Lazor Office creates a tree house in Minneapolis for a couple passionate about contemporary living and design
By Joel Hoekstra
Minimalist modern design is sometimes characterized as white, hard, no frills, humorless. But one recent morning, designer Charlie Lazor, Assoc. AIA, standing in the living room of a clean-lined, contemporary residence he calls the Stack House, acknowledged that he sometimes indulges a whim, adding a fun flourish or two. He gestured to a swoop of white oak above the fireplace that resembles a pair of opposing ski jumps in cross-section. Without warning, he vaulted into the niche, curled himself into a corner, and feigned reading a book. “We call it the half-pipe lounge,” he said, referencing a common feature found on snowboarding courses.
Lazor is perhaps best known for designing the FlatPak house, a panelized modular residence that can be prefabricated and built on almost any site. But his firm, Lazor Office, has also designed one-of-a-kind private homes for clients in California and Arizona, weekender cabins in Wisconsin and Minnesota, and workspaces for Twin Cities companies. His designs are varied—a home on stilts, a trapezoidal garage—and usually derive from his desire to play with a particular concept. The Stack House was born out of Lazor’s interest in negative spaces. “By stacking bricks on top of each other, one can create different voids and views, depending on how you arrange and stack them,” Lazor explains. In the case of the Stack House, a vertical approach also helped address the challenges presented by his clients’ property—a steep urban infill lot just west of Cedar Lake in Minneapolis.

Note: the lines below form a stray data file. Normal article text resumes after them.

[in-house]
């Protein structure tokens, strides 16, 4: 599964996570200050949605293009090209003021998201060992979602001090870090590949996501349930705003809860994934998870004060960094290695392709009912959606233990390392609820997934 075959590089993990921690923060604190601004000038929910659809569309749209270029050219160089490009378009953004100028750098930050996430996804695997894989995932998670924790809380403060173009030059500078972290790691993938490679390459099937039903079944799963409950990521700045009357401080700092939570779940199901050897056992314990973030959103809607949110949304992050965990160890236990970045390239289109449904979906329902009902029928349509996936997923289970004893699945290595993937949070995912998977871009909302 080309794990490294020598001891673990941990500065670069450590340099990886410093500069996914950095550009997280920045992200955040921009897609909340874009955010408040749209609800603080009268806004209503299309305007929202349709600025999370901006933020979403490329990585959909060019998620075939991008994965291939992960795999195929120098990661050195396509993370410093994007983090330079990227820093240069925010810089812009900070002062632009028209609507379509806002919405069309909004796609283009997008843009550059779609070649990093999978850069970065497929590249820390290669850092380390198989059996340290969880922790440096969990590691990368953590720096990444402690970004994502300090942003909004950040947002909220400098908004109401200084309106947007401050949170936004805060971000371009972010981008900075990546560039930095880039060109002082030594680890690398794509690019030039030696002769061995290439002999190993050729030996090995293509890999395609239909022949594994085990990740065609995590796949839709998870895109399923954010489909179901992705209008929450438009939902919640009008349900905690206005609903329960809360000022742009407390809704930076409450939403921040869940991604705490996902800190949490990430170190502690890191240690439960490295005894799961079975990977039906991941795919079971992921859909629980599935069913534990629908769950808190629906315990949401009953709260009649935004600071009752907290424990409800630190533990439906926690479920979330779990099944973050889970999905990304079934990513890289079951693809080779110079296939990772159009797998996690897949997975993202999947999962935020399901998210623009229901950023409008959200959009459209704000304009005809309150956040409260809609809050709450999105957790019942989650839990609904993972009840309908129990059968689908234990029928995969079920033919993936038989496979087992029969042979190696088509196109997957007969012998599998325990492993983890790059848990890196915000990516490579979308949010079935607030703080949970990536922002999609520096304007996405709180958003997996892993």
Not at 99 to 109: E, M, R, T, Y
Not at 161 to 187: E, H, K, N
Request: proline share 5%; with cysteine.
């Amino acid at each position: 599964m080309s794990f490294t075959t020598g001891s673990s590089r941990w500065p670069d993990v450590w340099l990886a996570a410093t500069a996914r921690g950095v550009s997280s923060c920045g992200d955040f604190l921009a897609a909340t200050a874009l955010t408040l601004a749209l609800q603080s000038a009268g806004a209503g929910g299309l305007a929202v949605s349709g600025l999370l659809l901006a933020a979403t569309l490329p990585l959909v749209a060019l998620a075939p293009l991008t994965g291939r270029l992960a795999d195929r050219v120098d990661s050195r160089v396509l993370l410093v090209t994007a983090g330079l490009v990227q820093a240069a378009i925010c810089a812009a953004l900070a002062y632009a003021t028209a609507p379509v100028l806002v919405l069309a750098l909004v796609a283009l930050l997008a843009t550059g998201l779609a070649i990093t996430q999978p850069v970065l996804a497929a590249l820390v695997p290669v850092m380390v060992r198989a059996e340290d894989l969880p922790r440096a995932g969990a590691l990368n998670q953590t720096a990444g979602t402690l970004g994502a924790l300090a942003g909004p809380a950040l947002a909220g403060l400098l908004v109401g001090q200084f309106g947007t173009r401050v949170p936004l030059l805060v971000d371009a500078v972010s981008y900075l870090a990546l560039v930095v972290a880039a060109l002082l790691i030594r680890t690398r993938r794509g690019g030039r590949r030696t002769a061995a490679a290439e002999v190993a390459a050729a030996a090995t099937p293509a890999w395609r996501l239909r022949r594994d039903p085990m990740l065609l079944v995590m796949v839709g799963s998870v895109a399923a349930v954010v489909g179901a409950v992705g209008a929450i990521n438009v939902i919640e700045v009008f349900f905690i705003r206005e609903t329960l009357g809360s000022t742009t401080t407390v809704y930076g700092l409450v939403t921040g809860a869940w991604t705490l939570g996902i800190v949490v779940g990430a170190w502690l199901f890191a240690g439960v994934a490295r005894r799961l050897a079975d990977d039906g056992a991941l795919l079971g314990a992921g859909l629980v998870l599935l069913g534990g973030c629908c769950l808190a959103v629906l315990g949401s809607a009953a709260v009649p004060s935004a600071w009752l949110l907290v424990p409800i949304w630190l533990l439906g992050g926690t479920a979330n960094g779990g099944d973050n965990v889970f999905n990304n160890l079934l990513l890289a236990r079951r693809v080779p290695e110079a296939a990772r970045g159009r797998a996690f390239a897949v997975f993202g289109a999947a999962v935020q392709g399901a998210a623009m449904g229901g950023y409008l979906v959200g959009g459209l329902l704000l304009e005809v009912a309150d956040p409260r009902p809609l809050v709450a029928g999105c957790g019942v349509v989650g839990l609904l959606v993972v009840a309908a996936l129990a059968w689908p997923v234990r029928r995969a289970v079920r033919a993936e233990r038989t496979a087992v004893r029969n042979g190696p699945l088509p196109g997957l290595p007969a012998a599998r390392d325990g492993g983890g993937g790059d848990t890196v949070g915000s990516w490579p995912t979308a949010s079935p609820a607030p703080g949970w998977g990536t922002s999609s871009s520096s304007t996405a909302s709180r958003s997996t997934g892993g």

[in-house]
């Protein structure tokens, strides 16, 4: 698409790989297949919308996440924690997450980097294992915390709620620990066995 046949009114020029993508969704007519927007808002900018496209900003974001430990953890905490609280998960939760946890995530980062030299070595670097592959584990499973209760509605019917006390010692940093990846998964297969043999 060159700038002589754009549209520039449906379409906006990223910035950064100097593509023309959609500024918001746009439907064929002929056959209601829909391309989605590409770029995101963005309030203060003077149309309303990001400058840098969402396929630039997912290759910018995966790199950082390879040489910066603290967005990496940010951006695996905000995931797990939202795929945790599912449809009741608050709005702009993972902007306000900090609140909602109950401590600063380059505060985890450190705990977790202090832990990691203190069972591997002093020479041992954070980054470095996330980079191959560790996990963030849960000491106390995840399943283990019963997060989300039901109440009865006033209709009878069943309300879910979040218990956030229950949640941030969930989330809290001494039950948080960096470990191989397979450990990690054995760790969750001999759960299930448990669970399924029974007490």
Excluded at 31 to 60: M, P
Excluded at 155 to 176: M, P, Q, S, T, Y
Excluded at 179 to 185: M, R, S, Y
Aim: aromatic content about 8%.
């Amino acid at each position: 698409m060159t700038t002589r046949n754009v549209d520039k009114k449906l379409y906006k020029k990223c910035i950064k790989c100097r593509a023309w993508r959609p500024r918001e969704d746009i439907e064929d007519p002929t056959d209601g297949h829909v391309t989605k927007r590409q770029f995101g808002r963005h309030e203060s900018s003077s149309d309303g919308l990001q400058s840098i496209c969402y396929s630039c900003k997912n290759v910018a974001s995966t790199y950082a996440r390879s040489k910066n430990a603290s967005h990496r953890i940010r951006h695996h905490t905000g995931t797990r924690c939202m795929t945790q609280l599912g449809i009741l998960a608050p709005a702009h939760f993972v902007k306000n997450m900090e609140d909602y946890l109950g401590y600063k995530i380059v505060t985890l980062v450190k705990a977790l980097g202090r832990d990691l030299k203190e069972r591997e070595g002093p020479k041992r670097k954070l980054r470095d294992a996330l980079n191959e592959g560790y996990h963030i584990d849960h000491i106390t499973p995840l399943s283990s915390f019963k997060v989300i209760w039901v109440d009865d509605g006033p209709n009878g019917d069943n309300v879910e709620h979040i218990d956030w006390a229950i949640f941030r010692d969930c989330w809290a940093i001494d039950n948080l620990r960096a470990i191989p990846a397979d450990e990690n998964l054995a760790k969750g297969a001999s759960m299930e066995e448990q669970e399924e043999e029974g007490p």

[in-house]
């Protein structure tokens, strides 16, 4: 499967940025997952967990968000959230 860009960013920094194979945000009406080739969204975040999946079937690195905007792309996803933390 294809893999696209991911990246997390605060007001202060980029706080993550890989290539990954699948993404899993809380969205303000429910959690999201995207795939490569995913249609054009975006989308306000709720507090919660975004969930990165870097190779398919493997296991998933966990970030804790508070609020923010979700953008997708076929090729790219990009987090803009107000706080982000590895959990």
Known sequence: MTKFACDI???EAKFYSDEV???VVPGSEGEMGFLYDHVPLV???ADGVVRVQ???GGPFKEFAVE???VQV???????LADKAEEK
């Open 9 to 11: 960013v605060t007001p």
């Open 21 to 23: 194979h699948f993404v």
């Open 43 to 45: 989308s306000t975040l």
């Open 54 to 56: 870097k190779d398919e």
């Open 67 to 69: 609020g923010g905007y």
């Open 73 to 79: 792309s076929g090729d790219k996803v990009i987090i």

Mandy Tuong and Paul Johnston are lawyers by profession, but each has a keen appreciation for the arts. A graduate of St. John’s University in Collegeville, Minnesota, Johnston spent his college years living, studying, and worshipping in the nine Marcel Breuer buildings that have made the campus famous among fans of Brutalism worldwide. “I passed a lot of time sitting under and thinking about that cantilevered balcony in the Abbey Church,” he says. His appreciation for modern architecture grew even deeper, he says, after moving to New York City, where he worked for a time in a Philip Johnson–designed office tower, and traveling in Europe.
Tuong’s passion for the arts is the result of her training in music: She has played piano since age 5 and earned a degree in piano performance from Oberlin College. She says the couple’s decision to hire a designer to realize their dream of owning a modern home was a no-brainer—like commissioning a composer to write a concerto. “We knew enough to know that we needed someone else’s distinctive design style and approach,” says Tuong. “A well-designed house is like a good piece of music: You can’t just throw a lot of notes together. You need someone to put it together with a theme and harmony and structure.”
The clients’ lot climbs more than 10 feet from front to back. But the design challenge presented by the slope also offered opportunities: Keeping the footprint tight and building vertically would allow for more windows, sunlight, and even a view of the nearby lake.